efficient tanh computation using Lambert’s continued fraction

Lambert's continued fraction for tanh(x)

The key for efficient implementations of rather complex functions such as the trigonometric ones is first to understand how much precision actually is needed (and in which range) and then choosing the proper math which approximates this goal the best. Instead of the go-to Taylor series approximations I’m showing a continued fraction series expansion for the tanh function as an example here. In addition some special cases and outlook are presented as well.

A complete and precise tanh computation as provided by some math libraries is computationally very, very expensive and in DSP land this is typically avoided whenever it’s possible. In my current example I was in need of a fast computation method but one which should also gives an absolute precise transfer curve and harmonic content match even if driven at around +12dBFS.

tanh harmonic content (driven at around +12dBFS)

For this particular application I’ve chosen a continued fraction for tanh which converges quite fast with just a number of iterations. After testing a little bit it turned out that 7 divisions in series are already enough to match the desired goal. Though, 7 divisions is also summing up to some amount of cpu consumption which is not negligible if one wants to compute some other serious stuff on top (e.g oversampling) and want to compute that on realtime audio streams without taxing the cpu that much.

finite Lambert's series with 7 divisions

But since this is finite now, one can simplify the expression by some basic math or even better let the math program do such boring stuff. This directly leads to

the same after expression simplification

which is computationally already much better now since just one single division is left. All other stuff can be expressed in series of multiplications and additions (which are cpu wise the cheapest, except the basic bit operations). In this case, I basically followed the Horner scheme for denominator and divisor separately.

optimizing denominator and divisor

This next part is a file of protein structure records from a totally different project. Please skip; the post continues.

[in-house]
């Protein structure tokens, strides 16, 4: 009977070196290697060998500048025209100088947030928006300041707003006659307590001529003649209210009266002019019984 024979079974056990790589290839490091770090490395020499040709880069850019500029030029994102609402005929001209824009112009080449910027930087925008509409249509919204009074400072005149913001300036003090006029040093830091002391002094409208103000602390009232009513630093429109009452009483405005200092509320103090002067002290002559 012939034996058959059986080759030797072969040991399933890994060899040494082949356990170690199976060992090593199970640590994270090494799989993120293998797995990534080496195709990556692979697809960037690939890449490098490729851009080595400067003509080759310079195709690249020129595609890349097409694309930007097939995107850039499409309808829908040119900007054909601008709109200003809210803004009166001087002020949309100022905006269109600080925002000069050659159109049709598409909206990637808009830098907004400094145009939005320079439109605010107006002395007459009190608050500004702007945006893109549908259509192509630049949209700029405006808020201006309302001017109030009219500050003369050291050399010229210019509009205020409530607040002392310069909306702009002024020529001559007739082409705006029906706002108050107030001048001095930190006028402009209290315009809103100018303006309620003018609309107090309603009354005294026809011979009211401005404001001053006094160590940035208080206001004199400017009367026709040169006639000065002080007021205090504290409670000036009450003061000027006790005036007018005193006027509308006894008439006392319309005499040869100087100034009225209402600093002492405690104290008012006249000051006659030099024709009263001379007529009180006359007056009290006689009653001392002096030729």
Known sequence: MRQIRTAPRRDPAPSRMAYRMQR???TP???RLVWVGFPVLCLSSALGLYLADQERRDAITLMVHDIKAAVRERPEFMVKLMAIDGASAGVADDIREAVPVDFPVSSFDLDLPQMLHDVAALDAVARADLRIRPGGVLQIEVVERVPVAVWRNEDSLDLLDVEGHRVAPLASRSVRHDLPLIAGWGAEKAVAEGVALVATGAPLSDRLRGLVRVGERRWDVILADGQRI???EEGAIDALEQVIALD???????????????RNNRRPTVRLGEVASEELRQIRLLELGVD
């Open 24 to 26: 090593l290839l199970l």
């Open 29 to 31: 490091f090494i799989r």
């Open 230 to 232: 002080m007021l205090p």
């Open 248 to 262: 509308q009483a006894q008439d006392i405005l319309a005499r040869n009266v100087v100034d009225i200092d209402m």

This will lead to super efficient assembler code and the reason is that it also minimizes the number of register loads: As written below in the code just one single register is used for a(x) now where a simple multiply/add stream is then performed on. The same is done with b(x). At the end the one single division is applied.

after conversion into assembler code

So the code ended up into being just 13 multiply/adds plus a division (and the few register loads of course) which translates into around 20 cpu cycles or so on a modern cpu architecture. Still it exactly matches the harmonic content of the model and also the transfer curve turns out to be a precise match in-between the desired dynamic ranges.

red curve covers the blue one entirely

Since such approximations are “blowing up” sooner or later which basically means that at some higher input they typically go beyond the [-1 … 1] range output wise, it’s a common practise to add a hard-clipper which simply clamps the output values back to [-1 … 1] afterwards. This should be considered carefully though. In case of a series which converges not that fast respectively blows up early the hard-clipper will break that curves continuity which causes nasty distortion and the clipper’s distortion itself will dominate and cover the tanh harmonic spectrum.

When even 20 cpu cycles is too much one should have a look at the Pade approximations as an alternative. The simpler ones can be implemented with saving some further cpu cycles but however, they might not match the models curve and spectrum anymore. Anyway, this is always subject to what the desired goal is and which tradeoff is acceptable for that specific design.

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  1. Great post!

  2. this was a nice read, it’s kinda interesting to see how only a handful of mathematical operations can “copy” nature. (assuming the tanh curve is a part of nature πŸ˜€ )

  3. Thanks! Didn’t understand all this, but it leads me to one question:
    Do most plug-ins run best at higher dbFS?
    In these days we commonly record at lower dbFS, and I don’t have the habit of normalizing as I find something like -8dbFS for the master to be perfectly ok.

    • It depends on how such algorithms are scaled to the outside of the actual plug-in. But there seems to be no commonly accepted standard between developers except maybe in the broadcast world. However, if there is sufficient gain adjustments offered, then this should be no prob.

  4. well again with this debate about dbfs.. every developer chooses its reference value, every emulated (“analog”, “true” analog, “hyper”analog, “madafokke” analog or even the italian “socc’mel” analog) has a different reference value,simply because the original effect was developed in that way. again, uk is different from america, both are different from russia, and so on.take your time, and find the sweetspot.